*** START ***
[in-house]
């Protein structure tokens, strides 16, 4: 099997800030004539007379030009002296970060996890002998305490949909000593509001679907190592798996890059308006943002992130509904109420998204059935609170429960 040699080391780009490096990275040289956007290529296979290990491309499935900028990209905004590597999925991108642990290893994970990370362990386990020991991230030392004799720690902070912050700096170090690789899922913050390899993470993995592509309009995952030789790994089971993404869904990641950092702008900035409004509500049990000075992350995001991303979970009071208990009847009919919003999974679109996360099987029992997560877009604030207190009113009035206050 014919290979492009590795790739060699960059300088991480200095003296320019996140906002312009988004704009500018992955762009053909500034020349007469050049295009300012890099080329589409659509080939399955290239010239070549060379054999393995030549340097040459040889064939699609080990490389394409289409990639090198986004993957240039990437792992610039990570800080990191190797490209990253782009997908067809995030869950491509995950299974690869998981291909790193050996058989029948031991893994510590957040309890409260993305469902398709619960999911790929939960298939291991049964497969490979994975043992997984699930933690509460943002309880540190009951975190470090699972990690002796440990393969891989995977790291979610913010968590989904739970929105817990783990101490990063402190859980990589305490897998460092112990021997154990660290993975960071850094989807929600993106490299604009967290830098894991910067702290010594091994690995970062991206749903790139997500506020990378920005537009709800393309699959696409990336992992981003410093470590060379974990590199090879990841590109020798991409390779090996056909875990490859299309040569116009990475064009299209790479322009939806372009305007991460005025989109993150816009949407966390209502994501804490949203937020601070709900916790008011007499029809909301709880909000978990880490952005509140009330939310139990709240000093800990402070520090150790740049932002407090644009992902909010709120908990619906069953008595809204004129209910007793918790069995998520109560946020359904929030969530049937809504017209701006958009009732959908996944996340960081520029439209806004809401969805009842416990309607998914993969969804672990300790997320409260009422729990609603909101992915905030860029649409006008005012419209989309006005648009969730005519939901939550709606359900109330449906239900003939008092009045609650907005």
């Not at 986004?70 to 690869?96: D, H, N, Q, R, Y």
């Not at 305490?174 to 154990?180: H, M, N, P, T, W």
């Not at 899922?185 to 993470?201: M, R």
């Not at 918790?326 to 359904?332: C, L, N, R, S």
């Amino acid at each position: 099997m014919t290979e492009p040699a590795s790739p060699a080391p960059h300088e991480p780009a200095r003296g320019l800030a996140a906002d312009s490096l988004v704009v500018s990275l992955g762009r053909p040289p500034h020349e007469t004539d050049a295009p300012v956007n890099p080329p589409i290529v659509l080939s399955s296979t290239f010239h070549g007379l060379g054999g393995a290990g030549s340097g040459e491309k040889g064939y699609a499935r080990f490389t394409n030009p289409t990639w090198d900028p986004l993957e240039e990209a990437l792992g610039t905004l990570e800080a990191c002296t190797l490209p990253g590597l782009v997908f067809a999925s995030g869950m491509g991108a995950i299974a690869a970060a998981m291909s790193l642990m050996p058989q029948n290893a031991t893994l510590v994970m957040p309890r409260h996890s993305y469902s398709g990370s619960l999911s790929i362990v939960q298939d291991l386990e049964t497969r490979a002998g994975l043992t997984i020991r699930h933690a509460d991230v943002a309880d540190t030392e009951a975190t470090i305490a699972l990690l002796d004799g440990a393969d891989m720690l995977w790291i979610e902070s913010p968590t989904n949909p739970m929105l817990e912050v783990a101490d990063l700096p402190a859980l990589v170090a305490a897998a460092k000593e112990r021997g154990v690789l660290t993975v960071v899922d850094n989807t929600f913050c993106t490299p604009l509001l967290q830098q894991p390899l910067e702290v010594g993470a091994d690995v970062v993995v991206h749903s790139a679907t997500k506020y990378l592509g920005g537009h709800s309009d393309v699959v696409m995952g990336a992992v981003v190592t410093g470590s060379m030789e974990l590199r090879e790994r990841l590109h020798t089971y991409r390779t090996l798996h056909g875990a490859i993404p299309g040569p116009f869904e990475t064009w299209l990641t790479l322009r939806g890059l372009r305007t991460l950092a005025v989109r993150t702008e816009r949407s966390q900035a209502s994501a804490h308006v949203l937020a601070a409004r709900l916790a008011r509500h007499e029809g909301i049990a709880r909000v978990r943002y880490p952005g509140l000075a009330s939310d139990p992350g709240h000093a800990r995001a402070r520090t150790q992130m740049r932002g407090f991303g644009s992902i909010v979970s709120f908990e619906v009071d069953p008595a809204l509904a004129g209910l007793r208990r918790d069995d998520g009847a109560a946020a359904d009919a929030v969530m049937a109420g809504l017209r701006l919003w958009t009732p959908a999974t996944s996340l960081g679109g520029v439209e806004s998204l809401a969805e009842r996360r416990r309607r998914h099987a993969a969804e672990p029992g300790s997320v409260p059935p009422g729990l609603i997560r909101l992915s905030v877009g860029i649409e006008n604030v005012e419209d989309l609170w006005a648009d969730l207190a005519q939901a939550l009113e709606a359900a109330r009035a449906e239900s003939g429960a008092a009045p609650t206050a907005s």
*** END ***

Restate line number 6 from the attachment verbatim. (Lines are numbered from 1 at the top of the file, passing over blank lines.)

């Not at 918790?326 to 359904?332: C, L, N, R, S």